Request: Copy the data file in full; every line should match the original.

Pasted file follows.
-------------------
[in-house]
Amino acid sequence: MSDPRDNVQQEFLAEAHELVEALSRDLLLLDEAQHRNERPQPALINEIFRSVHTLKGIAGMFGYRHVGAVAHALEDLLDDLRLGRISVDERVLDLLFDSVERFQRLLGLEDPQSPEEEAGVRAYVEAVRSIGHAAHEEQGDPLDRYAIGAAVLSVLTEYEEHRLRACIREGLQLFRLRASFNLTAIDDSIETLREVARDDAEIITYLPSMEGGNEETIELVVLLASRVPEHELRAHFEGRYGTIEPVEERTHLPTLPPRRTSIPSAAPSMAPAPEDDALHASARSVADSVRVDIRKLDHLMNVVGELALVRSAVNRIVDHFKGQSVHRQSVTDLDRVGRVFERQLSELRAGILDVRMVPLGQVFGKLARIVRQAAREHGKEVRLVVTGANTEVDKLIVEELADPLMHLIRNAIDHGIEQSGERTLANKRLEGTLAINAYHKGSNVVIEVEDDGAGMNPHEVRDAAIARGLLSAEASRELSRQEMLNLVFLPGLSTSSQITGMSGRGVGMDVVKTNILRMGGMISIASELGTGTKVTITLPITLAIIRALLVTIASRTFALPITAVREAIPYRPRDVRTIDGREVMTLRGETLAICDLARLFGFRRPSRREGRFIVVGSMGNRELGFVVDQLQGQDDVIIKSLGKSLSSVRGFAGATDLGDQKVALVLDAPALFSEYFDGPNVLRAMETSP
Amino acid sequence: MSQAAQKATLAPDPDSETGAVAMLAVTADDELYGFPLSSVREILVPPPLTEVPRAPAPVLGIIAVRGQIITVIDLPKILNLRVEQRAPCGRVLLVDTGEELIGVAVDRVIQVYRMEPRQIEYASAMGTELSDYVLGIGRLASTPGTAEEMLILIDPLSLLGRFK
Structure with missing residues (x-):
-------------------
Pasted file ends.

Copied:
[in-house]
Amino acid sequence: MSDPRDNVQQEFLAEAHELVEALSRDLLLLDEAQHRNERPQPALINEIFRSVHTLKGIAGMFGYRHVGAVAHALEDLLDDLRLGRISVDERVLDLLFDSVERFQRLLGLEDPQSPEEEAGVRAYVEAVRSIGHAAHEEQGDPLDRYAIGAAVLSVLTEYEEHRLRACIREGLQLFRLRASFNLTAIDDSIETLREVARDDAEIITYLPSMEGGNEETIELVVLLASRVPEHELRAHFEGRYGTIEPVEERTHLPTLPPRRTSIPSAAPSMAPAPEDDALHASARSVADSVRVDIRKLDHLMNVVGELALVRSAVNRIVDHFKGQSVHRQSVTDLDRVGRVFERQLSELRAGILDVRMVPLGQVFGKLARIVRQAAREHGKEVRLVVTGANTEVDKLIVEELADPLMHLIRNAIDHGIEQSGERTLANKRLEGTLAINAYHKGSNVVIEVEDDGAGMNPHEVRDAAIARGLLSAEASRELSRQEMLNLVFLPGLSTSSQITGMSGRGVGMDVVKTNILRMGGMISIASELGTGTKVTITLPITLAIIRALLVTIASRTFALPITAVREAIPYRPRDVRTIDGREVMTLRGETLAICDLARLFGFRRPSRREGRFIVVGSMGNRELGFVVDQLQGQDDVIIKSLGKSLSSVRGFAGATDLGDQKVALVLDAPALFSEYFDGPNVLRAMETSP
Amino acid sequence: MSQAAQKATLAPDPDSETGAVAMLAVTADDELYGFPLSSVREILVPPPLTEVPRAPAPVLGIIAVRGQIITVIDLPKILNLRVEQRAPCGRVLLVDTGEELIGVAVDRVIQVYRMEPRQIEYASAMGTELSDYVLGIGRLASTPGTAEEMLILIDPLSLLGRFK
Structure with missing residues (x-):